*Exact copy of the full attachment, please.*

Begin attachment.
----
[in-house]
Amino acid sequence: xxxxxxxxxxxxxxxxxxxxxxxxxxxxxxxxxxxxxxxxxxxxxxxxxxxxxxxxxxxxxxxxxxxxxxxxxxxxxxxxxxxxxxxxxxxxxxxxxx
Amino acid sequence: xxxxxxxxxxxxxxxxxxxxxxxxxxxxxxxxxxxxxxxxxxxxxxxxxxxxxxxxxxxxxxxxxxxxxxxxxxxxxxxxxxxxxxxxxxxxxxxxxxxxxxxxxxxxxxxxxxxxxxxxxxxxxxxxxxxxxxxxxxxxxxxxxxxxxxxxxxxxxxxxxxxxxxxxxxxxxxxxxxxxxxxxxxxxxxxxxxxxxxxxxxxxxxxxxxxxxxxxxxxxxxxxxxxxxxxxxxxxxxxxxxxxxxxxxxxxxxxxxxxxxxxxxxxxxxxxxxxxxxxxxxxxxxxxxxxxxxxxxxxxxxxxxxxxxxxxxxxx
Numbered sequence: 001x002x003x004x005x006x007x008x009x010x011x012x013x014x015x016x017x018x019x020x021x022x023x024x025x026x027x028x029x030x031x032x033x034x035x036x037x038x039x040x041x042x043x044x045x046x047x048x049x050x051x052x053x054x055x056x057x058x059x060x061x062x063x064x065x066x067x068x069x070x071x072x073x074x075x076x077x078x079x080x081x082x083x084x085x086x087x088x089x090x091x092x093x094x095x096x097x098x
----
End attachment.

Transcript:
[in-house]
Amino acid sequence: xxxxxxxxxxxxxxxxxxxxxxxxxxxxxxxxxxxxxxxxxxxxxxxxxxxxxxxxxxxxxxxxxxxxxxxxxxxxxxxxxxxxxxxxxxxxxxxxxx
Amino acid sequence: xxxxxxxxxxxxxxxxxxxxxxxxxxxxxxxxxxxxxxxxxxxxxxxxxxxxxxxxxxxxxxxxxxxxxxxxxxxxxxxxxxxxxxxxxxxxxxxxxxxxxxxxxxxxxxxxxxxxxxxxxxxxxxxxxxxxxxxxxxxxxxxxxxxxxxxxxxxxxxxxxxxxxxxxxxxxxxxxxxxxxxxxxxxxxxxxxxxxxxxxxxxxxxxxxxxxxxxxxxxxxxxxxxxxxxxxxxxxxxxxxxxxxxxxxxxxxxxxxxxxxxxxxxxxxxxxxxxxxxxxxxxxxxxxxxxxxxxxxxxxxxxxxxxxxxxxxxxx
Numbered sequence: 001x002x003x004x005x006x007x008x009x010x011x012x013x014x015x016x017x018x019x020x021x022x023x024x025x026x027x028x029x030x031x032x033x034x035x036x037x038x039x040x041x042x043x044x045x046x047x048x049x050x051x052x053x054x055x056x057x058x059x060x061x062x063x064x065x066x067x068x069x070x071x072x073x074x075x076x077x078x079x080x081x082x083x084x085x086x087x088x089x090x091x092x093x094x095x096x097x098x